Arizona conservation officials are moving to join other states in an effort backed by anti-hunting groups to ban predator hunting contests. The Arizona Game and Fish Commission last week voted 4-0 to approve a proposed rule that, if given a final green light by the if the Governor’s Regulatory Review Council, would outlaw a variety of predator or fur-bearing animal hunting contests.
The rule, first proposed in March, would define a “contest” as any sort of competition where participants register or record their entry and pay a fee to enter an organized hunt, and prizes are awarded to successful hunters. The move would lower the boom on contests organized by clubs in the state that take aim at predators and varmints ranging from coyotes, bobcats, foxes, and skunks to weasels, raccoons, beavers, badgers, ringtail cats, muskrats, otters and bobcats.
Kurt Davis, a Commission member, said the rule came after public pressure which could possibly undermine the wider sport of hunting itself in the state. “Regulated hunting fundamentally supports wildlife conservation efforts in North America,” he said in a statement. “The loss of hunting would equate to a measurable loss in conservation efforts and would represent a failure of the Commission to fulfill its duty to conserve wildlife for the beneficial use of current and future generations.”
An engine behind the social concerns over the contest, pushing public comments to the Commission, comes from anti-hunting advocacy groups, such as California-based Project Coyote and the Washington, D.C. based Humane Society of the United States, who have campaigned nationwide to end formally organized and publicized predator and varmint hunts.
HSUS President and CEO Kitty Block called the news from Arizona a “wonderful development” going on to say that, “tens of thousands of animals will be spared needless suffering and death in the future, and we’ll be the better for it.”
The Arizona Game and Fish Department said that coyotes in the state typically average about 20 pounds but can grow as large as 35. Describing them as “Arizona’s most common predator,” the agency said coyotes prey on pronghorn and deer fawns in the wild while in urban areas pets such as domestic cats, and small dogs are sometimes on the menu. Hunters in the state typically take between 30,000 and 40,000 coyotes a year.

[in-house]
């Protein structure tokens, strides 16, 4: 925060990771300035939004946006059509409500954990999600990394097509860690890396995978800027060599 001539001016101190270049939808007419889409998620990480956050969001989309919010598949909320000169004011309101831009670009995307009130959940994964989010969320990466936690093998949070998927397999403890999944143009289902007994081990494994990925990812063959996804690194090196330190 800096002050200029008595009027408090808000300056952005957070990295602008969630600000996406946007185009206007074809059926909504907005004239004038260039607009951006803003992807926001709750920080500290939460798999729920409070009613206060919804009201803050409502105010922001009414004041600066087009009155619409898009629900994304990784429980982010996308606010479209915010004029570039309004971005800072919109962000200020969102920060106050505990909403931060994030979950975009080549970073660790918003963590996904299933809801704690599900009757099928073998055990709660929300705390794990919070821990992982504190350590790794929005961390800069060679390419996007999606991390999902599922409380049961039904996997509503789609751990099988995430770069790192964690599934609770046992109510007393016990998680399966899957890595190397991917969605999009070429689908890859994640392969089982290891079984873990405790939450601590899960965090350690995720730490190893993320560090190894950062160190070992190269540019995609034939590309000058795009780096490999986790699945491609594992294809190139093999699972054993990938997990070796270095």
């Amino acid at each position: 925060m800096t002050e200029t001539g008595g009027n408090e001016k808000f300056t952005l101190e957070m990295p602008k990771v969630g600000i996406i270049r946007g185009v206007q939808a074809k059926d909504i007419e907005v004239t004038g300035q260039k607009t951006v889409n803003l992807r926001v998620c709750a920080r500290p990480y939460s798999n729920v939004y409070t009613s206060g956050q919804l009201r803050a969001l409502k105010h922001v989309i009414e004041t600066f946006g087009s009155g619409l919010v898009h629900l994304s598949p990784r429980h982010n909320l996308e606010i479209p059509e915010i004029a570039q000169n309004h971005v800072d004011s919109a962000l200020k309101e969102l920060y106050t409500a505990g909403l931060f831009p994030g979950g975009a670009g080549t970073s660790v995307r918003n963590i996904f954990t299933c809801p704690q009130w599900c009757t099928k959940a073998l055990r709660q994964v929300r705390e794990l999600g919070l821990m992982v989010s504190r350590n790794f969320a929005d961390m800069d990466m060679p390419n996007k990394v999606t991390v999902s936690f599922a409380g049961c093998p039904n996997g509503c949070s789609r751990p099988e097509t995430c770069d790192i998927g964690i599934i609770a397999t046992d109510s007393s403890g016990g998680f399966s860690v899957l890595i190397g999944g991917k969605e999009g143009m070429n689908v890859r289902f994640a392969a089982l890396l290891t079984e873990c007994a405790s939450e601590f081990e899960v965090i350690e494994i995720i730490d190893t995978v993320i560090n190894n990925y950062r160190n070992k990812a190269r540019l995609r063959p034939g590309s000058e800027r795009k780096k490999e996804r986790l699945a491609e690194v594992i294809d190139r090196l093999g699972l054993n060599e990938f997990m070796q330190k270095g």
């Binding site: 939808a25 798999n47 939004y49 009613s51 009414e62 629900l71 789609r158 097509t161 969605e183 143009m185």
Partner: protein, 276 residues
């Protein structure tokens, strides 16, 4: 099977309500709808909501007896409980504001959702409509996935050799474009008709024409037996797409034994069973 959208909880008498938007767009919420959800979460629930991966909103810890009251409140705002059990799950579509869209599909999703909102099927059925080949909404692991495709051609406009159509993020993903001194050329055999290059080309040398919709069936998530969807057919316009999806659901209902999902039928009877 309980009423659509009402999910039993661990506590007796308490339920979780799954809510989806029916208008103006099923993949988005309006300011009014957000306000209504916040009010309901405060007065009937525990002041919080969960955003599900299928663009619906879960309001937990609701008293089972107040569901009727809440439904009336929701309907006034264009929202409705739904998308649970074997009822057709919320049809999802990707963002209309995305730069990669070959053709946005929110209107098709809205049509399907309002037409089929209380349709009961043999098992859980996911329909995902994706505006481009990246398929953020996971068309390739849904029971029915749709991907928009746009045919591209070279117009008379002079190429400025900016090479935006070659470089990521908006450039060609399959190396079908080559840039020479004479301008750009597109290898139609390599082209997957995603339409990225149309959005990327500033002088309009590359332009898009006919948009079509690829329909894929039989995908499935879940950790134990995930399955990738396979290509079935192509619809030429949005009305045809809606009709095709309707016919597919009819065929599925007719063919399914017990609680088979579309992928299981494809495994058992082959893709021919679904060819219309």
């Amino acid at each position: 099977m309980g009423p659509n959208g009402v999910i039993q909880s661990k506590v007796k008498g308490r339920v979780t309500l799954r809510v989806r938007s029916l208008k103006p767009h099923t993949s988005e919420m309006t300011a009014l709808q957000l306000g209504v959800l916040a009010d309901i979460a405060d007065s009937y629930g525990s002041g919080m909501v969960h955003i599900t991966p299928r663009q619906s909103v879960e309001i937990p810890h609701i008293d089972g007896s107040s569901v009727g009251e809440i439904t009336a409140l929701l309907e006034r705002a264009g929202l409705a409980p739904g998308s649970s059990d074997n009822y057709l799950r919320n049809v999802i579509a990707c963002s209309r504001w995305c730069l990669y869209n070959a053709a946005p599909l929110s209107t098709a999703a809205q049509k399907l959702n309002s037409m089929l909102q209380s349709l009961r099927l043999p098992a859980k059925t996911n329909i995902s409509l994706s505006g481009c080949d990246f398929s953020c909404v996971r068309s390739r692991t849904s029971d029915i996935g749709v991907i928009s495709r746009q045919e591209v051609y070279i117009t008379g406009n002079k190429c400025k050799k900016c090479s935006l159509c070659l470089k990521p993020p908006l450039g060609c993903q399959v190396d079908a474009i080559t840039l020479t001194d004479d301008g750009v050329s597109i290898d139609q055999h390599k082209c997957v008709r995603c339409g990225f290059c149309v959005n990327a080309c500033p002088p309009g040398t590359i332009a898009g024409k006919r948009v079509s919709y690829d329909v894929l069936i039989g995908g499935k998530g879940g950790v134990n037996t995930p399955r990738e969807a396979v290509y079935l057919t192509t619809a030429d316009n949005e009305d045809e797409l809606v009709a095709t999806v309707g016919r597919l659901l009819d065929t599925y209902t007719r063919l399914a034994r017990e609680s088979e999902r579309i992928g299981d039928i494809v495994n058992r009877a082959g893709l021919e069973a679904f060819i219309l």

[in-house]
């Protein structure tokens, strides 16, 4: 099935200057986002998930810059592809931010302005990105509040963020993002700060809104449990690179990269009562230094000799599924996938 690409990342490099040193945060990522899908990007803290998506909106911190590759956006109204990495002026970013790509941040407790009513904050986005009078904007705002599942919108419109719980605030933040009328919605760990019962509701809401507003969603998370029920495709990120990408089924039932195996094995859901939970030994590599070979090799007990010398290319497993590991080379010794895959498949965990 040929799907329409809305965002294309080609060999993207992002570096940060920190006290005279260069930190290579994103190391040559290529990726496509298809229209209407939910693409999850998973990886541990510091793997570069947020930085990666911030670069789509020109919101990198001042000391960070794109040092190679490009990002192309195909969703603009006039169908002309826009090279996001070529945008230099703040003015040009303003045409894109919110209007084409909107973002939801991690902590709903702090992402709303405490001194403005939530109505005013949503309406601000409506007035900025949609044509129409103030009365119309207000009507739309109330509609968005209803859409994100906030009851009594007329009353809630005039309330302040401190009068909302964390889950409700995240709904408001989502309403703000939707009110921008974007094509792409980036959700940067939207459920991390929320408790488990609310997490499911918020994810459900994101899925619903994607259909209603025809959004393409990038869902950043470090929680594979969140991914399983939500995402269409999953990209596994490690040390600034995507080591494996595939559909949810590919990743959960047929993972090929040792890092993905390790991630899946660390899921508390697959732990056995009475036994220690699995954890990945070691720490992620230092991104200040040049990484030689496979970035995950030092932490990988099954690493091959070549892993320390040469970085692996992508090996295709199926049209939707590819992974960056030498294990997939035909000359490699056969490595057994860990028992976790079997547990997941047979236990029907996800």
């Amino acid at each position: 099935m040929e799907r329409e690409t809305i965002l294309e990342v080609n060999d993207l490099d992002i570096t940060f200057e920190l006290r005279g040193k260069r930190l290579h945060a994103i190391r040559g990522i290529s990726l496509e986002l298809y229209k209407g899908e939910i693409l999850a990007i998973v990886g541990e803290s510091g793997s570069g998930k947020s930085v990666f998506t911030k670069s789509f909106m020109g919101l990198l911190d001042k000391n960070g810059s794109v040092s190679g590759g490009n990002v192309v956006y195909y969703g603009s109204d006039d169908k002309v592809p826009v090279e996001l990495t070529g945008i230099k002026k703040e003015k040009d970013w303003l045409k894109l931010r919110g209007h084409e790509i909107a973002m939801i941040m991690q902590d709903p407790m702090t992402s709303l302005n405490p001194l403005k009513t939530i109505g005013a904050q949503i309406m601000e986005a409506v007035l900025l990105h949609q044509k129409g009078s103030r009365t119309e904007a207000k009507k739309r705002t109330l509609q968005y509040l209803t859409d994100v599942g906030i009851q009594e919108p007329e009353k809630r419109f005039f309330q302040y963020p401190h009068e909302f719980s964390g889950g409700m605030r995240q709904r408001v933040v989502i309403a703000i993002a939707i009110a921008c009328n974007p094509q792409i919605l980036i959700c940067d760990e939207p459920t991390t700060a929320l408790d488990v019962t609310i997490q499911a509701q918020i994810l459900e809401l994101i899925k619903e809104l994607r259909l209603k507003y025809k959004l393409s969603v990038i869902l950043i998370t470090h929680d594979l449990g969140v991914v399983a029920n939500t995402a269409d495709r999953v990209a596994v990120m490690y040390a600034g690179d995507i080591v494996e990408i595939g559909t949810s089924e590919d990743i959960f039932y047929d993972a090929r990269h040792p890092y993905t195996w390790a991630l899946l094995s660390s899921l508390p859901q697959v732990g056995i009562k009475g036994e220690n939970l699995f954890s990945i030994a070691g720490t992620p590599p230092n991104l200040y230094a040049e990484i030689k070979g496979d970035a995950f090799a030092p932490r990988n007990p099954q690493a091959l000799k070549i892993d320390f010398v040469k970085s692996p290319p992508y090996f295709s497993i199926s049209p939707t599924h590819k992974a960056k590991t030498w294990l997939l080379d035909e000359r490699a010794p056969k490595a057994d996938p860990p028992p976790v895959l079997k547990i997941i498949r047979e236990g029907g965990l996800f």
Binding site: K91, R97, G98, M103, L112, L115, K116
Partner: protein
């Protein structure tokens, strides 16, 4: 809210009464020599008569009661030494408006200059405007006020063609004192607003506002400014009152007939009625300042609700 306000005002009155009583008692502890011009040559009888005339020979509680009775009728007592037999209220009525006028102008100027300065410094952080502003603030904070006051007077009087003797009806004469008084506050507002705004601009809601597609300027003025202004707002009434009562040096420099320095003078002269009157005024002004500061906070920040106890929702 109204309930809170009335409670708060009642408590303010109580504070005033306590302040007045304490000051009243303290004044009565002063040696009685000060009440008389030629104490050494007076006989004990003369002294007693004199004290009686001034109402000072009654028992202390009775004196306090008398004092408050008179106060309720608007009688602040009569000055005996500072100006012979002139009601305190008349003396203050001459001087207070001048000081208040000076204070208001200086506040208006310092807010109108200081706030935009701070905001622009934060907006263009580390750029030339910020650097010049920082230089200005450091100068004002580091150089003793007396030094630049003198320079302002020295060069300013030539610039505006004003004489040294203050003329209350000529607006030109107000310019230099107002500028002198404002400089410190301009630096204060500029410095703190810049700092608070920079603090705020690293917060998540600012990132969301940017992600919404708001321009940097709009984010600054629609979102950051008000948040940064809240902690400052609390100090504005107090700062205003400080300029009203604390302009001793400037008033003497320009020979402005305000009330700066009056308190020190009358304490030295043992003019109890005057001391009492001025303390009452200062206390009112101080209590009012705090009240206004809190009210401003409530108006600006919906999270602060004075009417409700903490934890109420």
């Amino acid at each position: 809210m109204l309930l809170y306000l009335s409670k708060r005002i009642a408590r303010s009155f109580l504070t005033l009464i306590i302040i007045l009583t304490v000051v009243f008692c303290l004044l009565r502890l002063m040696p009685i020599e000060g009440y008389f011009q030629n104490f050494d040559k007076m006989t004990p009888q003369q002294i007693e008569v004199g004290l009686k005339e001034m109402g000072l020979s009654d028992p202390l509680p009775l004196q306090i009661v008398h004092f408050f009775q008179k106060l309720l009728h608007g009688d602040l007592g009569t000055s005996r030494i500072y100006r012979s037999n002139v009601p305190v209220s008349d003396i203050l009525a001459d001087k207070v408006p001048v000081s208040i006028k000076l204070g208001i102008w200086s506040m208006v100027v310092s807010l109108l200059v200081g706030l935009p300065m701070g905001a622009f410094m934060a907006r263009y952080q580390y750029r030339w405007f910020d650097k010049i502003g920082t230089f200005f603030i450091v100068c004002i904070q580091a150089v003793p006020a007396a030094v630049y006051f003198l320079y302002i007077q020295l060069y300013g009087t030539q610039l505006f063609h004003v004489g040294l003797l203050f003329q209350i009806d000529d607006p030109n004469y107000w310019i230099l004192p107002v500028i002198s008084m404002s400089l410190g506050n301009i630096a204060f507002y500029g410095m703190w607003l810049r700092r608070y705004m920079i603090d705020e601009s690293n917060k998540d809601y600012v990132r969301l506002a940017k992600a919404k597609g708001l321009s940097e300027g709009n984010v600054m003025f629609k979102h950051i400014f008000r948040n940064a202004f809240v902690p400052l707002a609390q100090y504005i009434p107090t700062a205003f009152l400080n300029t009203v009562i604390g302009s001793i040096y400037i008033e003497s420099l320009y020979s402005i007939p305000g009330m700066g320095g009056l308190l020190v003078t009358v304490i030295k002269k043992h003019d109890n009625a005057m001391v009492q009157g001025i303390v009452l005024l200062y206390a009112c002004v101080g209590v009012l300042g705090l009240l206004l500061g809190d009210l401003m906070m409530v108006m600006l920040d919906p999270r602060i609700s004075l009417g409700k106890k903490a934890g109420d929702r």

The rule now must be approved by Arizona Gov. Doug Ducey’s review council and, should that body concur, would become effective Jan. 1, 2020. So far, groups like HSUS have been successful in obtaining coyote contests in California, New Mexico, and Vermont while lawmakers in Oregon and Wisconsin have considered such a prohibition.
The nation’s oldest advocacy group for traditional hunting ethics, the Boone & Crockett Club, earlier this year fired back at animal rights organizations who are seeking to protect the nuisance predators. “Allowing coyotes to negatively impact other wildlife and people because of a moral judgment that killing them is wrong is irresponsible,” said Mark Streissguth, chair of the Club’s Hunter and Conservation Ethics Committee. “Coyotes, which are prolific breeders, are expanding their range into more states where conflicts with people and other wildlife are increasing. Their numbers will have to be managed, with or without contests.”